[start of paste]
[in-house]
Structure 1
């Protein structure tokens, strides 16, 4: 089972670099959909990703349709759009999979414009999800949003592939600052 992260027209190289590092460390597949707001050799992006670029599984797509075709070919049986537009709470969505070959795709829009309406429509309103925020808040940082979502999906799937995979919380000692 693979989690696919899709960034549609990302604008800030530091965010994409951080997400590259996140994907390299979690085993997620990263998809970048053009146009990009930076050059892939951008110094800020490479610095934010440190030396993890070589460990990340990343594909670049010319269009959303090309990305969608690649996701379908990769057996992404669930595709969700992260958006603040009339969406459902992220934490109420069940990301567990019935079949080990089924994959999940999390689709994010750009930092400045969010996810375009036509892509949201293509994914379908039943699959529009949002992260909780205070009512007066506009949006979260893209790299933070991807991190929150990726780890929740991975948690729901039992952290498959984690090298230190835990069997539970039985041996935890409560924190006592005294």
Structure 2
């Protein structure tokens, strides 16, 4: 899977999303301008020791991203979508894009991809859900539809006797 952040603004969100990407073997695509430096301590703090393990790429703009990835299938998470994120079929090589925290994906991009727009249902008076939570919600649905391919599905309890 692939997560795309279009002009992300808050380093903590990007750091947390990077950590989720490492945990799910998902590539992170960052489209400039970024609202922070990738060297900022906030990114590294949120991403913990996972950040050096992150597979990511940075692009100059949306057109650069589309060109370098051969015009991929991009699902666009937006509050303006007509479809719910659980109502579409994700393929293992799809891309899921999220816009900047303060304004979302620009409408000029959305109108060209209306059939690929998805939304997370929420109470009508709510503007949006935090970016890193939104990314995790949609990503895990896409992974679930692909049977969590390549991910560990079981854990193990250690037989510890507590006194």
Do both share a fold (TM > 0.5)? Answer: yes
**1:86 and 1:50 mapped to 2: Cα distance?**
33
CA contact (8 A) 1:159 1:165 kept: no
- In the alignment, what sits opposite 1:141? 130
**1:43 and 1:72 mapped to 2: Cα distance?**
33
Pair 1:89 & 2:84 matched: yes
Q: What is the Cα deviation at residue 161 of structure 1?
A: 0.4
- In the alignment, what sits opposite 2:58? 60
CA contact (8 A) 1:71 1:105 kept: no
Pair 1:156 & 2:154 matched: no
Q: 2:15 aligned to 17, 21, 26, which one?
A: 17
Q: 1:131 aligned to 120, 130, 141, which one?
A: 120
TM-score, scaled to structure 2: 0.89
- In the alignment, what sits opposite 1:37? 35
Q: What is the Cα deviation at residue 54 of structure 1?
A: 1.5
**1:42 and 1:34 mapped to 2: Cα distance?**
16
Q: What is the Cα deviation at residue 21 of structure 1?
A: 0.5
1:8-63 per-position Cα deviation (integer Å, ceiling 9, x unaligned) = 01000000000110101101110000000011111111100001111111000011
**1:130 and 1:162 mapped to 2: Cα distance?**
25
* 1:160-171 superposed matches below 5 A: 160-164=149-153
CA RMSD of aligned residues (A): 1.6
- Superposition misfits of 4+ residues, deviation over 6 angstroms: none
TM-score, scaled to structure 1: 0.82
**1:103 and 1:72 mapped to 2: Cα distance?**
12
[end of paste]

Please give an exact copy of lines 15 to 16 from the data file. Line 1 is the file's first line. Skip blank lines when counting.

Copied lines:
A: 0.4
- In the alignment, what sits opposite 2:58? 60